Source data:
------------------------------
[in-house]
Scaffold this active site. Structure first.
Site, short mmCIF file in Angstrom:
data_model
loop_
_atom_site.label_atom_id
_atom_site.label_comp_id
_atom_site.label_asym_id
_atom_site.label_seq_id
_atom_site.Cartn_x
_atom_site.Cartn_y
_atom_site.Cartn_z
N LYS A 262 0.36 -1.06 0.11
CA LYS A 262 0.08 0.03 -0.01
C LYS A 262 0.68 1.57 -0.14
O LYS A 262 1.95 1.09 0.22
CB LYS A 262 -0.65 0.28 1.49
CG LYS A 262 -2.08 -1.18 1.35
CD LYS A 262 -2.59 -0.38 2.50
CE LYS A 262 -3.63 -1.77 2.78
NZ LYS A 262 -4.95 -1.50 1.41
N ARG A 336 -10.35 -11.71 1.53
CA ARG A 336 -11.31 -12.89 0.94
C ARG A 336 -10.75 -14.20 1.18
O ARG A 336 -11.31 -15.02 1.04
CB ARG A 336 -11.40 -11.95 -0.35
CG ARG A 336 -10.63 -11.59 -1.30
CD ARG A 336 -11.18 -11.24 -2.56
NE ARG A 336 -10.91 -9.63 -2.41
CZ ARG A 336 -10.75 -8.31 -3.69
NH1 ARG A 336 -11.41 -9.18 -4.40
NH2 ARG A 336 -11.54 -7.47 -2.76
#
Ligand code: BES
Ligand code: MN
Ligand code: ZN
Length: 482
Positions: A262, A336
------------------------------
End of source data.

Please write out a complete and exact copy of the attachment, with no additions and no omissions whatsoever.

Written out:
[in-house]
Scaffold this active site. Structure first.
Site, short mmCIF file in Angstrom:
data_model
loop_
_atom_site.label_atom_id
_atom_site.label_comp_id
_atom_site.label_asym_id
_atom_site.label_seq_id
_atom_site.Cartn_x
_atom_site.Cartn_y
_atom_site.Cartn_z
N LYS A 262 0.36 -1.06 0.11
CA LYS A 262 0.08 0.03 -0.01
C LYS A 262 0.68 1.57 -0.14
O LYS A 262 1.95 1.09 0.22
CB LYS A 262 -0.65 0.28 1.49
CG LYS A 262 -2.08 -1.18 1.35
CD LYS A 262 -2.59 -0.38 2.50
CE LYS A 262 -3.63 -1.77 2.78
NZ LYS A 262 -4.95 -1.50 1.41
N ARG A 336 -10.35 -11.71 1.53
CA ARG A 336 -11.31 -12.89 0.94
C ARG A 336 -10.75 -14.20 1.18
O ARG A 336 -11.31 -15.02 1.04
CB ARG A 336 -11.40 -11.95 -0.35
CG ARG A 336 -10.63 -11.59 -1.30
CD ARG A 336 -11.18 -11.24 -2.56
NE ARG A 336 -10.91 -9.63 -2.41
CZ ARG A 336 -10.75 -8.31 -3.69
NH1 ARG A 336 -11.41 -9.18 -4.40
NH2 ARG A 336 -11.54 -7.47 -2.76
#
Ligand code: BES
Ligand code: MN
Ligand code: ZN
Length: 482
Positions: A262, A336